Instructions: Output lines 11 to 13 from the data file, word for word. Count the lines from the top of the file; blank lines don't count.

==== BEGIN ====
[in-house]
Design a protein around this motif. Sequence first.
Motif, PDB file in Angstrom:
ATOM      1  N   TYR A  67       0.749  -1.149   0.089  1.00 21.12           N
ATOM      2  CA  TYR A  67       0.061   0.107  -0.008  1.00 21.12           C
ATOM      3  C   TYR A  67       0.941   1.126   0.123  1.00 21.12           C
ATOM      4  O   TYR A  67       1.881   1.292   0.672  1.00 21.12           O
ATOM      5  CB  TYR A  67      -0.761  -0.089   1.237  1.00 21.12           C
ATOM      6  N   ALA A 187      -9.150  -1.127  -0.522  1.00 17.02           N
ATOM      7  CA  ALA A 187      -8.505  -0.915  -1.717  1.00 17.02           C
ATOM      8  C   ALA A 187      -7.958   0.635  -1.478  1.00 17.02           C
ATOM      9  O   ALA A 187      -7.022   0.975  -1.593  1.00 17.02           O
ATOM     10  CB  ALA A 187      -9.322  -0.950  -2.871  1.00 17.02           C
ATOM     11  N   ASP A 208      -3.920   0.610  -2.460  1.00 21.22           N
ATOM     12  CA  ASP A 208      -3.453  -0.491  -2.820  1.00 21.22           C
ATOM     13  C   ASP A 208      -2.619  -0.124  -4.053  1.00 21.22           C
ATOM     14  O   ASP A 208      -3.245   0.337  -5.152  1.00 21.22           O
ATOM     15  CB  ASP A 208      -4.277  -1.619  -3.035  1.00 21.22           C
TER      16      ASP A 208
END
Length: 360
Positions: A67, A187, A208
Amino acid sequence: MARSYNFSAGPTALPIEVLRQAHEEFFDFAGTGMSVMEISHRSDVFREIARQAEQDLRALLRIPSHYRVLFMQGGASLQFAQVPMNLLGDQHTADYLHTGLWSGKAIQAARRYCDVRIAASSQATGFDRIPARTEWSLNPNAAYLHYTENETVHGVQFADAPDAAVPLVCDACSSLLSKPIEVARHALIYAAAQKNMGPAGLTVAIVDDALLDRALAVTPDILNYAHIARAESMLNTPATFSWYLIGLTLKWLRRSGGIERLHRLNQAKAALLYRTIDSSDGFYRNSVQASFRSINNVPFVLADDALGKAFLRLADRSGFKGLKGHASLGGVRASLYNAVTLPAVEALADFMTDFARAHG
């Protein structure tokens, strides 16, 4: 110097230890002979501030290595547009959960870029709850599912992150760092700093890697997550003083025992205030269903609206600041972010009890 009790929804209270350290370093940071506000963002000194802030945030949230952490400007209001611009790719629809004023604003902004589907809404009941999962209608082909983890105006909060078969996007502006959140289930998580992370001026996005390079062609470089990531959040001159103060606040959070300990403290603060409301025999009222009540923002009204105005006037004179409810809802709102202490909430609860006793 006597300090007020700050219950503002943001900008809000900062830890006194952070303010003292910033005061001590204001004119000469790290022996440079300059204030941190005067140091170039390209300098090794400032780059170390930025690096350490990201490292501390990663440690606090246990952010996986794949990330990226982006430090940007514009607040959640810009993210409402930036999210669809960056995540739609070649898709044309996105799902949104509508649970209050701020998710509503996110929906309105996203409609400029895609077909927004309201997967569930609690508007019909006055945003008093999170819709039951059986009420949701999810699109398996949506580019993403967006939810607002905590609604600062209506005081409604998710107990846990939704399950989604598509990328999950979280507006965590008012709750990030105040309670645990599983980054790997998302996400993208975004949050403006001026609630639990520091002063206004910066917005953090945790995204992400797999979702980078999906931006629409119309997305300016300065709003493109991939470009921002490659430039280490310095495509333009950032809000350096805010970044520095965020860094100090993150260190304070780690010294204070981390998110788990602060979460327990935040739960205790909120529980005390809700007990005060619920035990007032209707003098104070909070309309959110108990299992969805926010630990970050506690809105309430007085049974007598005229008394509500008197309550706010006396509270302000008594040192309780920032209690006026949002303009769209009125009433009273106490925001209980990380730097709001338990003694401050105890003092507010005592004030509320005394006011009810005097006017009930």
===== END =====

ATOM      8  C   ALA A 187      -7.958   0.635  -1.478  1.00 17.02           C
ATOM      9  O   ALA A 187      -7.022   0.975  -1.593  1.00 17.02           O
ATOM     10  CB  ALA A 187      -9.322  -0.950  -2.871  1.00 17.02           C